One of the much-loved activities we like to accomplish while in India is to visit unique villages. Because of the political elections causing unrest, and having so many guests at Prakash, the outing had to be delayed until yesterday. Boy howdy, was it fun. Even with a faulty air conditioner on the car, and way to hot for pure comfort the trip was worth the effort. The people—a mass of unwashed humanity—were so excited to see us and God provided a nice breeze. The gaggles of kids have now become much bolder, traipsing behind me and finding amusement in touching. I always return home with little black fingerprints on my backside.
The Chief was a little upset that we had not come sooner, until Suresh explained all the situations, mainly blaming it on the politicians.
Asking why there was some newly vacant land near the Chief’s house, I was told it was for MY house. Hoo Boy, that would be interesting!
(DO YOU THINK I WOULD BE ABLE TO DO IT THIS WAY????)
Actually, Dr. Suresh is planning to build a hall for a church, meetings, possible school, etc. Of course, money will have to be provided for this project. The gift of land is the greatest gift these people have to give. The Chief would rather give one of his 9 daughters, than to give land. It truly shows his respect for Dr. Suresh and Vanda.
Knowing that the “torch” would soon need some new batteries, Loren brought three new ones from the US. Batteries cost an arm and a leg in India. The Chief glommed onto the now working torch, but was dumbfounded that Loren would know he had lost one battery in the jungle and needed new ones. Loren just laughed, “I didn’t know, just thought it was time for new ones.”
One of the true ways to show friendship is to have “tea,” but with the water conditions totally unacceptable for our digestive system we have had to apologetically decline the offer each time we visited the village. Feeling the tripwires that surrounded us in the Indian culture this time we decided to bring “tea” from our kitchen—with plenty of sugar—and sit with the most important families for the “tea ceremony.” I was pleased to see the Chief, as a loving father, hand his precious cup of tea to his small daughter, snuggled at his feet. Only when I convinced him that we had plenty, would he accept another cup.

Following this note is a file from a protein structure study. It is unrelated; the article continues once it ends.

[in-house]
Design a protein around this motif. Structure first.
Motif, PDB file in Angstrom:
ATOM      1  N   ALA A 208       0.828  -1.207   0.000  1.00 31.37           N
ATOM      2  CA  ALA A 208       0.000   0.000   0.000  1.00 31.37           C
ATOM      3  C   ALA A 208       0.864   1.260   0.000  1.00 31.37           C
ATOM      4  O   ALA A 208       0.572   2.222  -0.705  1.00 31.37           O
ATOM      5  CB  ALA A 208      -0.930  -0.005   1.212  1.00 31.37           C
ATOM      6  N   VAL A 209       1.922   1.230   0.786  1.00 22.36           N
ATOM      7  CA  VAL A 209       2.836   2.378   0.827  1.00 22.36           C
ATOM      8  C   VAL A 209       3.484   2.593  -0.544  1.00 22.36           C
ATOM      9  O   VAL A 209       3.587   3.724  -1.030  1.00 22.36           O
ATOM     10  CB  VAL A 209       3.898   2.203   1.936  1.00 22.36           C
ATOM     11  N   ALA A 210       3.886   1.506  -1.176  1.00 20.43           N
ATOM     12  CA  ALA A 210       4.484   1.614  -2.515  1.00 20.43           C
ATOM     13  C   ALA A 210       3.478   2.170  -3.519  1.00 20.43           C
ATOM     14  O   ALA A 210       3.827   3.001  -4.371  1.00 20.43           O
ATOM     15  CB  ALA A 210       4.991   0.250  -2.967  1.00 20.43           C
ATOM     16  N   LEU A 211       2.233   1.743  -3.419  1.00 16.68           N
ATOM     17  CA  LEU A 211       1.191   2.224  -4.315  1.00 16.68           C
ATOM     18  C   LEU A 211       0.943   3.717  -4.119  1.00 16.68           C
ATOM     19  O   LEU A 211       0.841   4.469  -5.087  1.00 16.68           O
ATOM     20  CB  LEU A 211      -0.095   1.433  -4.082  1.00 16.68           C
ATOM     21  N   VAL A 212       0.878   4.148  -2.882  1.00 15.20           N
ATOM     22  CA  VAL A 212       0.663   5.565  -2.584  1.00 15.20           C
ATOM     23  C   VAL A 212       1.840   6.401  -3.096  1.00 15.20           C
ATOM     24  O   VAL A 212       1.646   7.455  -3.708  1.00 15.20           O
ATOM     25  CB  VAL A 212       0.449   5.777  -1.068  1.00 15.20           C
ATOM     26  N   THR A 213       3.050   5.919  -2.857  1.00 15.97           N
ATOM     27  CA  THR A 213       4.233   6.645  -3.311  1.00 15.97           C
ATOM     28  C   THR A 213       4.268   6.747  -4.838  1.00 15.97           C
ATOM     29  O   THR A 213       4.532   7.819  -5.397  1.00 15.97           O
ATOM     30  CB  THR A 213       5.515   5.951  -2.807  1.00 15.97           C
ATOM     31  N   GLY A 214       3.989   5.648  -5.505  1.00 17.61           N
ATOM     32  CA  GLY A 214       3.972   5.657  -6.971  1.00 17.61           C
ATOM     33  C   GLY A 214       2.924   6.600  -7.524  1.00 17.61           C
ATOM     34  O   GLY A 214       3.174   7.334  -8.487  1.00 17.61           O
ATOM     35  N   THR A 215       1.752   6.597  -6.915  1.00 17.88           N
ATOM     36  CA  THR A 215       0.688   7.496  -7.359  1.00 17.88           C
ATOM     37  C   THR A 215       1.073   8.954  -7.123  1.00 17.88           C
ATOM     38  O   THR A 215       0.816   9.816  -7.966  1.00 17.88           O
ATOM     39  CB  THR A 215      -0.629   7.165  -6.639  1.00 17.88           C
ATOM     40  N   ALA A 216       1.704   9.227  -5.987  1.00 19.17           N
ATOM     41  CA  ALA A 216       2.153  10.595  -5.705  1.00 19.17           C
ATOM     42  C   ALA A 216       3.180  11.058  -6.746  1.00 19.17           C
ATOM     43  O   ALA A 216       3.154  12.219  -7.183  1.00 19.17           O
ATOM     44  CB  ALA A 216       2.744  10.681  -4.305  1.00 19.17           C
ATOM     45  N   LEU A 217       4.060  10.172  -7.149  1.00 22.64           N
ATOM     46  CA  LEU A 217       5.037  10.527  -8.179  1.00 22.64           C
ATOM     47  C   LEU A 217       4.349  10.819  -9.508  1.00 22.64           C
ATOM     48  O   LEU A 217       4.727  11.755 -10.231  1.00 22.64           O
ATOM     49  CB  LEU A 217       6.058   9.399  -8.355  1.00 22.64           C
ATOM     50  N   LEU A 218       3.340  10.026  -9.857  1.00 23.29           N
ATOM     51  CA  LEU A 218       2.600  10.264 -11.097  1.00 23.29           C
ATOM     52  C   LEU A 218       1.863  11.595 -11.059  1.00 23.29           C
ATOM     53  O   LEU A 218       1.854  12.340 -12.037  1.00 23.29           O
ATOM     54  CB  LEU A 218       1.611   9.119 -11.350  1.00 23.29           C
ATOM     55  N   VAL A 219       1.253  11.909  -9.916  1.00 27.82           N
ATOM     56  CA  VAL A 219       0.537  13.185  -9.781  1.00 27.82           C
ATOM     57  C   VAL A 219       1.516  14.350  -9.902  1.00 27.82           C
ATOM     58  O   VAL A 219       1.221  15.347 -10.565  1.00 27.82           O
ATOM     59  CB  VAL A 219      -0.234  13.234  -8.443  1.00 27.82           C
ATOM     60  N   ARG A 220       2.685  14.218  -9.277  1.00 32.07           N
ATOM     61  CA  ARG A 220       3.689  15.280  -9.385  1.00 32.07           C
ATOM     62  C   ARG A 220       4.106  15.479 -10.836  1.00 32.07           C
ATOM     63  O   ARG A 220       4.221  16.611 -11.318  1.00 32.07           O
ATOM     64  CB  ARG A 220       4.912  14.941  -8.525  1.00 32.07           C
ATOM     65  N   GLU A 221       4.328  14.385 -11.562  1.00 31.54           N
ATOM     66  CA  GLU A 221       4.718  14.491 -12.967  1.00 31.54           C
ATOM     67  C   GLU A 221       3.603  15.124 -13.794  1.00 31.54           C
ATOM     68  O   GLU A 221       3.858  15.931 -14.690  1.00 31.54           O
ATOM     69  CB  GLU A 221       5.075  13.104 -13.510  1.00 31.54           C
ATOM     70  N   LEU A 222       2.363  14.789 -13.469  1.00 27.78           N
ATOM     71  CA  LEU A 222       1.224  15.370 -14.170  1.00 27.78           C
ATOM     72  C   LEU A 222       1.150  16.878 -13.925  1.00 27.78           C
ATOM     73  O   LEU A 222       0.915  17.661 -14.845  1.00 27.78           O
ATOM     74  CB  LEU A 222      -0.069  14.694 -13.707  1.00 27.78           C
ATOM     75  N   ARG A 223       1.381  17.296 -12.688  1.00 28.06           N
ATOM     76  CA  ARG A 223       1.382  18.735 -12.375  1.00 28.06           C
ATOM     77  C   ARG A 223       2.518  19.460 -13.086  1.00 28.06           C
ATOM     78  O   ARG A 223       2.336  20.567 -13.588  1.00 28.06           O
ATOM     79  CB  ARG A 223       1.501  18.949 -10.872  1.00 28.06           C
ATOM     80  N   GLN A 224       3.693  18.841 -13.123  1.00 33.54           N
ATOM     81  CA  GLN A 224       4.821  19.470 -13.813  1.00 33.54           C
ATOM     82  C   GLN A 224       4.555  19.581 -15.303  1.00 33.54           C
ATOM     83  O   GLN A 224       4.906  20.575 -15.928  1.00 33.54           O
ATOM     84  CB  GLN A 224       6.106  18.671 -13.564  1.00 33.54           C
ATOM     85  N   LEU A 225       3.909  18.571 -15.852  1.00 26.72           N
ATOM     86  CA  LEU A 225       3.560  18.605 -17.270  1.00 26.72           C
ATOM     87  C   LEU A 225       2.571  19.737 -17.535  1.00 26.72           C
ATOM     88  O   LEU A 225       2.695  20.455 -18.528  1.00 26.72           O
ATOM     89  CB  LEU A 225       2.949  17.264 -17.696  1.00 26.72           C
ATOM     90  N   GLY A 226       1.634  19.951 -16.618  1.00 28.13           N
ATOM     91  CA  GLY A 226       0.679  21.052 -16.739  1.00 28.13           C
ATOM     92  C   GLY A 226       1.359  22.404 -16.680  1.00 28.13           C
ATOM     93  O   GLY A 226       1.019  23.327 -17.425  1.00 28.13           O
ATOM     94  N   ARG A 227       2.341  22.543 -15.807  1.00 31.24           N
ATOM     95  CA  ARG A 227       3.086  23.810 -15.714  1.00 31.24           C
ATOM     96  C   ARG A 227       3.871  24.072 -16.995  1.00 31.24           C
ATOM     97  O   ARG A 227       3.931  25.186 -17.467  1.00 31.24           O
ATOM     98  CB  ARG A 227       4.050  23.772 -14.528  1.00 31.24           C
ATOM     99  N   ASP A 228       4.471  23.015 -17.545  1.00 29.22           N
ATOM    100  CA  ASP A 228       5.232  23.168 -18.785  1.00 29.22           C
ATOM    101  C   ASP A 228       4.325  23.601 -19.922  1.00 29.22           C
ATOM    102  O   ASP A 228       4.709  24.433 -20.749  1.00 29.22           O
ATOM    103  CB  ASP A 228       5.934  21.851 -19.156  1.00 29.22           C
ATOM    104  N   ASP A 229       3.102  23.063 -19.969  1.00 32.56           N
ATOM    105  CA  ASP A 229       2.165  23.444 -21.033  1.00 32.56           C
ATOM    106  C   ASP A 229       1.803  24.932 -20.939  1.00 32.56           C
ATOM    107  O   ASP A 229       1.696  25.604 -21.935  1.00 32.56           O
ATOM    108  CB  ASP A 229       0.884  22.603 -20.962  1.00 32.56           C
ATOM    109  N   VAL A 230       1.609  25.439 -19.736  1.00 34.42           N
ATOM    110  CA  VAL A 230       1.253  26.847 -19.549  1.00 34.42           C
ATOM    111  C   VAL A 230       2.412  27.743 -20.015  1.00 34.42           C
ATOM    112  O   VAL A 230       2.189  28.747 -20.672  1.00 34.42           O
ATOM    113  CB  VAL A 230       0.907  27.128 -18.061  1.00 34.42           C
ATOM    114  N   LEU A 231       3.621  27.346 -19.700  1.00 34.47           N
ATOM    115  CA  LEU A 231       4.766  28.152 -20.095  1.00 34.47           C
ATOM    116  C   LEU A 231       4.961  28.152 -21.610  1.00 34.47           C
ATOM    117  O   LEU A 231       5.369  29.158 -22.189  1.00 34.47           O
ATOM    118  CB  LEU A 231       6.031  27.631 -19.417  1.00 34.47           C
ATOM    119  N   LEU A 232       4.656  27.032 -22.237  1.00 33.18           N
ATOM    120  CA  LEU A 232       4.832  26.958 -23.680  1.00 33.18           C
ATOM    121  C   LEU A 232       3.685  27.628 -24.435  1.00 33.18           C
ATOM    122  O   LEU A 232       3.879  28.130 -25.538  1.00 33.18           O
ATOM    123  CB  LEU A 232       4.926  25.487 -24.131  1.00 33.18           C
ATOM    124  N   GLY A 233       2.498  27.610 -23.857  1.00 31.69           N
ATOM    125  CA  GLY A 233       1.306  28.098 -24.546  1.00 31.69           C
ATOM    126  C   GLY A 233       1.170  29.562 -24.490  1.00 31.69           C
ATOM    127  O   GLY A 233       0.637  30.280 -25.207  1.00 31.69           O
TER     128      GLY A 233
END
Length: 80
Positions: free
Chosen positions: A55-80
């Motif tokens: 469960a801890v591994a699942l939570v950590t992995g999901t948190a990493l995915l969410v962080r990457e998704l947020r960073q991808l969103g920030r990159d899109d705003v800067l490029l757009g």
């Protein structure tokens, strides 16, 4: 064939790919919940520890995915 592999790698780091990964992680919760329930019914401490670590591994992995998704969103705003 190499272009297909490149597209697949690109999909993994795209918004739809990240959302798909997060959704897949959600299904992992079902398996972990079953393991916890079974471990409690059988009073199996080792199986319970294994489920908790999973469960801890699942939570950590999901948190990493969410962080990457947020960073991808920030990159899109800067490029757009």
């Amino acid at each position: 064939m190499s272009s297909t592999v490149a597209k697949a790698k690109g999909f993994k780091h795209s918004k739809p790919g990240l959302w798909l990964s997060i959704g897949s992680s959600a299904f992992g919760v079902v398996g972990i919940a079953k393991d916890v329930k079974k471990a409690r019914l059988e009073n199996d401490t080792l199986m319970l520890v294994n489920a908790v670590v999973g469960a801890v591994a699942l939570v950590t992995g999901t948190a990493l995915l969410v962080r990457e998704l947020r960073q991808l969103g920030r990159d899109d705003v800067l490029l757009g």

The dimly lit room—kept barely cool by fan whirling overhead—was darken even more by the number of children crowding the doorway. There is no furniture inside except a few chairs for older ones and decrepit foreigners such as we who aren’t used to sitting on the floor. Soon I felt beads of sweat snaking down my ribcage. (So…ladylike Sylvia!!!)
We were introduced to a woman sitting on the polished cow-dung floor and told she is NOT a tribal, but is privileged to be included because she is a Christian. She and her husband live on a farm in the vicinity and Vanda is now holding weekly Bible study and prayer meetings in her home. Unbelievable!!!!
As the Chief is trying to forge a path out of poverty the battered mishmash of stick and mud-brick huts and shacks (BEFORE)
are slowly tuning into red brick, concrete plastered bungalows. (AFTER)
This village is ever-changing, even though we love the quaint old ways; we also know that progress is coming and needed.
We were proudly shown the newly built bathroom, NOT to be confused with a toilet.
We ASSUMED it was a toilet, but were quickly corrected—they still prefer the “natural way” and use the small building ONLY for bathing. As it is, bathing is a new practice for them and completely unheard of 17 years ago when we first visited this tribe.
I returned back to Prakash with only a small amount of “Golden fertilizer”
on my tennies.
Just couldn’t resist sending this picture. You all know I am a sucker for babies.